It’s due on February 5 by email (by midnight). You can submit it individually or as a team (maximum 3 members). Sections C is optional. If you choose to answers it, you’ll get some bonus points. Remember: the true reward will not be the mark you receive from these assignments, but it will be what you learn.
• You can use R, Stata, Stata – Mata, Python, C++, or Java.
• What you submit must be your own work.
• Pay attention to our format restrictions as stated in A1. I need ONLY rmd, smcl or sources code fifiles, nothing else!
• The solutions will be provided later only for R, Stata, and C++. This
assignment has 3 parts:
A. Defifining a data generating model (DGM).
B. OLS with linear algebra using one sample.
C. Monte Carlo simulations: sampling distributions with multiple samples. (BONUS) Sources: See A1 and read the textbook. There are multiple sections in the book about MC simulations.
In this exercise we will create our own sampling distribution for the OLS estimators. Remember, since these estimators are linear functions of y (L in BLUE), they themselves are random variables too. Hence each of them has a sampling distribution. The population y is a product of a data generating model that is defifined by a systematic part (model that contains beta’s and x’s) and an unknown stochastic part (error) that follows a Gaussian distribution (that is i.i.d, for now). We will generate 5000 samples by this DGM. Each sample will have 500 observations. Thus, we will calculate 5000 beta_hat vectors. The objective is to see the distribution on these 5000 OLS estimators, or more specififically whether beta_hat is BLUE of beta. But before that we have to decide whether x’s are stochastic or not. In this assignment, we will assume that x’s are fifixed in repeated samples. So, if we have 5000 samples with 500 observations, we will have the same set of x’s in each sample. We will not see in this assignment how we relax this assumption and make x’s random changing sample to sample.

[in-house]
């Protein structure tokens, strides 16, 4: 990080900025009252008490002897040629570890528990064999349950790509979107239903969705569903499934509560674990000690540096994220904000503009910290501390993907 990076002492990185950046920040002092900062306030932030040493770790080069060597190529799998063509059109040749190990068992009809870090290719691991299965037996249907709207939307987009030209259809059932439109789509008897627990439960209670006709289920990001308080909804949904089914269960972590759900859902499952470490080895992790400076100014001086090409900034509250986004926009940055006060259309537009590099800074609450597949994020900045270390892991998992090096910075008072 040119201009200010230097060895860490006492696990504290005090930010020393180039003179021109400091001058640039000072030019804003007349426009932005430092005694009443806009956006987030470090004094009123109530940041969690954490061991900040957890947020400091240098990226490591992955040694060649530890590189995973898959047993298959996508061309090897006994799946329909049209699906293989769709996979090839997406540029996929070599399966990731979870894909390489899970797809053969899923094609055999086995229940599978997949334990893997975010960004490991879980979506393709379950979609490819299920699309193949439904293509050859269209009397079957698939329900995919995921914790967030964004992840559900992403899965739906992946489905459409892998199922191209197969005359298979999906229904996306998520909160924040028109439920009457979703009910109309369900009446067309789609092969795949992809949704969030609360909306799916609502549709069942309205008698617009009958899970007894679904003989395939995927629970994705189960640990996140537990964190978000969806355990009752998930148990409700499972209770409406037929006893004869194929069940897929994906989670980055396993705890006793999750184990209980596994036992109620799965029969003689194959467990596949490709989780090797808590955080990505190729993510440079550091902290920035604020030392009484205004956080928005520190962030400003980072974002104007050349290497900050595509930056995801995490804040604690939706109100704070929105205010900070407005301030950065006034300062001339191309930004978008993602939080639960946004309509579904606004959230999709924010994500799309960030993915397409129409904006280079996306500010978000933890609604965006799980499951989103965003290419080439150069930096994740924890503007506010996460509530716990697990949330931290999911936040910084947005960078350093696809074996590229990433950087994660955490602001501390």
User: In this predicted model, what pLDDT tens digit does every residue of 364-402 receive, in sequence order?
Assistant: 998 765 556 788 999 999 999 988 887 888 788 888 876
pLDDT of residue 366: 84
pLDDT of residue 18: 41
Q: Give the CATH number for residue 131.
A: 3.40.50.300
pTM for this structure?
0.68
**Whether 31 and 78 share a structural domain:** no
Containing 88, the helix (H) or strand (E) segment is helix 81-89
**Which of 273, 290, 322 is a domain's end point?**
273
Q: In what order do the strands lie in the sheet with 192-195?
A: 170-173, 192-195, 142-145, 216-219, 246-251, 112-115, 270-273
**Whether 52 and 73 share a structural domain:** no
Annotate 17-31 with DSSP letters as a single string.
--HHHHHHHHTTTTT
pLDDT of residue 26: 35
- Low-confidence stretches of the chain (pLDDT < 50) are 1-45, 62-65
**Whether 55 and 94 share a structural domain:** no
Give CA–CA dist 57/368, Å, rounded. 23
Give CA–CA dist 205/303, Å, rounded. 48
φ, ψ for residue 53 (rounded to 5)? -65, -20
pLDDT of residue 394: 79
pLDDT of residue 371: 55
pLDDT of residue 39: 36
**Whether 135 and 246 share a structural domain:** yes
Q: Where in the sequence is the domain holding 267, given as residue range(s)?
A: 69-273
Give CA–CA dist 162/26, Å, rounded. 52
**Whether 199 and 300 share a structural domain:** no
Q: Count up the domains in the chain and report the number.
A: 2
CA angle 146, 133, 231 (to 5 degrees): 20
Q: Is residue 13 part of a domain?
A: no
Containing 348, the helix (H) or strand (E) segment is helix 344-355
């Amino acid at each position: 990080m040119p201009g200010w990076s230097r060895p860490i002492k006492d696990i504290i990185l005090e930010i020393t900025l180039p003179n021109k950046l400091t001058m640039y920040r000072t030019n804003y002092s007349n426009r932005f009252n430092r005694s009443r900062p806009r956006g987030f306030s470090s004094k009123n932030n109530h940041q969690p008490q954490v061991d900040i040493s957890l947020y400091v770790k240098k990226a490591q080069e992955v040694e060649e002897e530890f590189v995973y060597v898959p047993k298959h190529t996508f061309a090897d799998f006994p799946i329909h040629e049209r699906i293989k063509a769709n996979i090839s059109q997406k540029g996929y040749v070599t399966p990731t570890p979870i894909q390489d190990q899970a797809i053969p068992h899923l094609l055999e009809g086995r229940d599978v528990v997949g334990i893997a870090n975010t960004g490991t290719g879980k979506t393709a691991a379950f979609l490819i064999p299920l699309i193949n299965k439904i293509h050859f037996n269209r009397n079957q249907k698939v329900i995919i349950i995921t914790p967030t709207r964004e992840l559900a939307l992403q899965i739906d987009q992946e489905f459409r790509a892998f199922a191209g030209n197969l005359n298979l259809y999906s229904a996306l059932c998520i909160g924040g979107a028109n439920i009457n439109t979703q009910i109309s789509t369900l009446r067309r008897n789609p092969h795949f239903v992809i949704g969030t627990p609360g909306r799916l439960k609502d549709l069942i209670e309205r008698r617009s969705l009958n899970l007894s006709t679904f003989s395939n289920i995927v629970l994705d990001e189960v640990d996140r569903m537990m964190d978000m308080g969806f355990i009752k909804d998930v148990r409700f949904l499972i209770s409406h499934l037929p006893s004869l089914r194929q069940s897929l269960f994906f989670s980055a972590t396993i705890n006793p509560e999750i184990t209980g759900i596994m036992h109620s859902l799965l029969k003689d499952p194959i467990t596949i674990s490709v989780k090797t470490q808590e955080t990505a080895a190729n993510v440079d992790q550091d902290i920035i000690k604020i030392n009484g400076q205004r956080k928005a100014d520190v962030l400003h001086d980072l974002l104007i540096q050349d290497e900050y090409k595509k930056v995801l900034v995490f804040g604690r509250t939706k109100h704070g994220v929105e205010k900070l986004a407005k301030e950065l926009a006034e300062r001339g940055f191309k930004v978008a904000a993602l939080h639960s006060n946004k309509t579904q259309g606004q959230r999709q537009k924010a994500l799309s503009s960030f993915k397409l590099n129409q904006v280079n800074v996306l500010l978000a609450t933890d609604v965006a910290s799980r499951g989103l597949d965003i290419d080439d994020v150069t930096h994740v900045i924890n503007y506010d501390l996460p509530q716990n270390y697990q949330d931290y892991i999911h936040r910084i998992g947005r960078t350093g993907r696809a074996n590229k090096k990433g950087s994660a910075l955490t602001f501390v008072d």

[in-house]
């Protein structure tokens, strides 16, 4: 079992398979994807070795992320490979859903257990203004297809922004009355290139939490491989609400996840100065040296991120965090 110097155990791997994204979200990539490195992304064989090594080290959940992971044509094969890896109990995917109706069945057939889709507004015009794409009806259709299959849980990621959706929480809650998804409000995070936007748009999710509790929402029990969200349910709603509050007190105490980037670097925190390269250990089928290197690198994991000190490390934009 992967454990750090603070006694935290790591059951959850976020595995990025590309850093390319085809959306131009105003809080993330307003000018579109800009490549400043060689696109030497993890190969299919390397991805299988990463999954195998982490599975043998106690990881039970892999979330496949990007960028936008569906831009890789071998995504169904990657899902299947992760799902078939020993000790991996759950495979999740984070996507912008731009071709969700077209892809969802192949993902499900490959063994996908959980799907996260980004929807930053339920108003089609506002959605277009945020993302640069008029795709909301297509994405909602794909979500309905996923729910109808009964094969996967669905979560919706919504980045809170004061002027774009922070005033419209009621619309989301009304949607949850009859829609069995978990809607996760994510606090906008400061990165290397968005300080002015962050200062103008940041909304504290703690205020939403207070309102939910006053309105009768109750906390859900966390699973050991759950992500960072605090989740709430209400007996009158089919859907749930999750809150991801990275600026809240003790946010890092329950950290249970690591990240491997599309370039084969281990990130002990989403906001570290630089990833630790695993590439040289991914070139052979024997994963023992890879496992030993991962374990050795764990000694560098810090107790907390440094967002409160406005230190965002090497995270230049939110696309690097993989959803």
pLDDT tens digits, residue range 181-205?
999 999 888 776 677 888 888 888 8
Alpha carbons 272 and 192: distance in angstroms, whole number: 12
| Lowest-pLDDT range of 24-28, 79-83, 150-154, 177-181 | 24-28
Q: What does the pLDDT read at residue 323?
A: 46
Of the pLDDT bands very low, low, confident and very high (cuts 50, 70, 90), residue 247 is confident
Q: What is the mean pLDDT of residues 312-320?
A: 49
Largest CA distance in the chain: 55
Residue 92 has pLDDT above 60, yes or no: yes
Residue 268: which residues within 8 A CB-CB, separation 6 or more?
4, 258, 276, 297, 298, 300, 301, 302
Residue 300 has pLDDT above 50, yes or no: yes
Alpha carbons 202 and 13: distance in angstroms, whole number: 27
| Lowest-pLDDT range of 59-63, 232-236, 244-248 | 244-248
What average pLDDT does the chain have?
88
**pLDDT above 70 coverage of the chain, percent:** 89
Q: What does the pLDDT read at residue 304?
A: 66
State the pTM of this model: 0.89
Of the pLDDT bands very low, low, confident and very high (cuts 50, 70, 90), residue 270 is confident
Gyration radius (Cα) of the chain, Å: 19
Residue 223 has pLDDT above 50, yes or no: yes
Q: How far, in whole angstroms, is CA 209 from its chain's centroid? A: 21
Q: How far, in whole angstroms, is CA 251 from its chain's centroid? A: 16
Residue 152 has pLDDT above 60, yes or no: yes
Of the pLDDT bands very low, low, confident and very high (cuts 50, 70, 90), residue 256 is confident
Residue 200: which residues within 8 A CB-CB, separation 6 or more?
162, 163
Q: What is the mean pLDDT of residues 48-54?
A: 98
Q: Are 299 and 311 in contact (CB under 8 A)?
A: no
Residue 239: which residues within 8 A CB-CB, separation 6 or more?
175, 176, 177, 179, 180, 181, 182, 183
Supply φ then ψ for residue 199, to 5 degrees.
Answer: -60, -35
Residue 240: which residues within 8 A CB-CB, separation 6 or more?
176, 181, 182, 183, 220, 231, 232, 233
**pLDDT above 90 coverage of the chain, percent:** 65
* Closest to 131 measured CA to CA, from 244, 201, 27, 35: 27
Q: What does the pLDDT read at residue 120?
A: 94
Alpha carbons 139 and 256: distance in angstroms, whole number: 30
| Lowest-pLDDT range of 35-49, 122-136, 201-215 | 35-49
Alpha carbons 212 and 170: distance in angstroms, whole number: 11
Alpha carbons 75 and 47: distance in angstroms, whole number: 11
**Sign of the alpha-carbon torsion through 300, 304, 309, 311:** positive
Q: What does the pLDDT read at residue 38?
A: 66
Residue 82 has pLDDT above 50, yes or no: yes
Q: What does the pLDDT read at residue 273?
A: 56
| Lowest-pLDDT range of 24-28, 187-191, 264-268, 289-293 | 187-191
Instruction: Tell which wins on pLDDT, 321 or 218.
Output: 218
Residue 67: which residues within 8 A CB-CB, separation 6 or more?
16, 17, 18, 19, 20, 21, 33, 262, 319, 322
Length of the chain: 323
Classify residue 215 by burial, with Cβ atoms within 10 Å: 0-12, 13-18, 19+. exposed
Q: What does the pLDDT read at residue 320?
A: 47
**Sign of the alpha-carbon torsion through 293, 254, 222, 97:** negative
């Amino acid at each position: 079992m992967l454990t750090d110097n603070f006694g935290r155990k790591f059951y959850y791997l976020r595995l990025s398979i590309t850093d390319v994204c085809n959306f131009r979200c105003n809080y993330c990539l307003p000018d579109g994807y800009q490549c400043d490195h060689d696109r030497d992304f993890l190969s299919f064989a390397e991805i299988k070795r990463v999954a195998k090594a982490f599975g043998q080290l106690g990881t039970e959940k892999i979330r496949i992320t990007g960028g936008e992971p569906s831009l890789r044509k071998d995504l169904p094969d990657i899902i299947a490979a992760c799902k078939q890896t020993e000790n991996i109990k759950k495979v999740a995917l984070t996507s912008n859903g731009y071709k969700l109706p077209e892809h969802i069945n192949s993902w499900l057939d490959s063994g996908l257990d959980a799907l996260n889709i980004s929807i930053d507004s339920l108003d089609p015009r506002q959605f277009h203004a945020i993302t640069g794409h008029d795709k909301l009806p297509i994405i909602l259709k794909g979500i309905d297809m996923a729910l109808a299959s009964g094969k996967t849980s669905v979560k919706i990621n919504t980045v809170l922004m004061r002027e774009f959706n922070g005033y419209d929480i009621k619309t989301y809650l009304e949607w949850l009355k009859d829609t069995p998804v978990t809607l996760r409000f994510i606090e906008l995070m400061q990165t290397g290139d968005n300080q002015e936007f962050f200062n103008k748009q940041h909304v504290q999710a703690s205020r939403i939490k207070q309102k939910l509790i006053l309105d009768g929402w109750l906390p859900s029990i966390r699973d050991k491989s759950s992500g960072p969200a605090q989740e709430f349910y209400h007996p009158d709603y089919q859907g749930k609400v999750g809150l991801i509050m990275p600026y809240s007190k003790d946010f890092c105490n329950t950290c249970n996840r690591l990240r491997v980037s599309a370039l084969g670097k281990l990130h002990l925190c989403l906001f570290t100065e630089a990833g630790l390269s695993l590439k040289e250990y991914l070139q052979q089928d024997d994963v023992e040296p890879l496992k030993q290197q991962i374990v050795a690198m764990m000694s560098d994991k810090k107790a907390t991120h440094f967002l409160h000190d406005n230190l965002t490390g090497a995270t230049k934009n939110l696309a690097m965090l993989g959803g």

A. Data Generating Model
1. Create a vector of 1000 1’s and assign it to x1.
2. Create a vector with 1000 random integers between 0 and 20 and assign it to x2.
3. Create a vector with 1000 random 0s and 1s and assign it to x3.
4. Create a vector with 1000 random numbers drawn from a normal distribution (mean = 5.2, sd = 1.25) and assign it to x5.
5. Create a coeffiffifficient vector with your choice of values. For example, beta = (12, – 0.7, 34, -0.17, 5.4).
6. For the following DGM, you need to have a vector of 1000 random “errors” drawn from a “Gaussian” distribution (Call it u ~ 0,1)).
7. The above model is y = Xbeta + u, where X is a 1000 x 5 matrix with 5 x’s. So don’t forget to create X!
8. Congratulations! You have defifined your fifirst DGM. This DGM will create our population in Section C.
B. OLS with linear algebra with one sample: For the following operations, you need to create only one sample with 50 observations randomly selected from 1000 observations you generated in (A). In R, to sample 50 observations from x5, for example, the following code would be enough: sample(x5, 50, replace=TRUE). Notice that you have 2 separate “containers” to sample from: y and X. If you sample separately, this would create 2 difffferent orders of sampling. Therefore, you have to put y and X together and then sample 50 observations. This can be done in R by using cbind for y and X to create a new matrix. Here is my code for this operation:
X <- cbind(x1, x2, x3, x2x3, x5)
beta <- c(12, -0.7, 34, -0.17, 5.4)
y <- X%*%beta + u
data <- cbind(y, X)
samp <- data[sample(nrow(data), 50, replace = TRUE), ]
Xs <- cbind(samp[ ,2:6])
ys <- samp[ ,1]
b <- solve(t(Xs)%*%Xs)%*%t(Xs)%*%ys
1. Now you have X (50×5) and y (50×1). You’ll fifind the estimators of beta. But fifirst, is this problem solvable? Apply the rank-test.
C. Monte Carlo Simulations for sampling distributions
We will create 5000 samples with our DGM defifined in (A). Each of these samples will have 500 observations. There are multiple ways to do that. In this assignment we have fifixed (non-stochastic) x’s. Therefore, we will create x’s out of the loop to fifix their values for repeated samples and then we use DGM to create y’s within a loop for each sample. Here I show you how this can be done with a simple one-variable example for Stata with beta1 = 2.1 and beat2 = -0.7:
Here are the steps/questions for this section: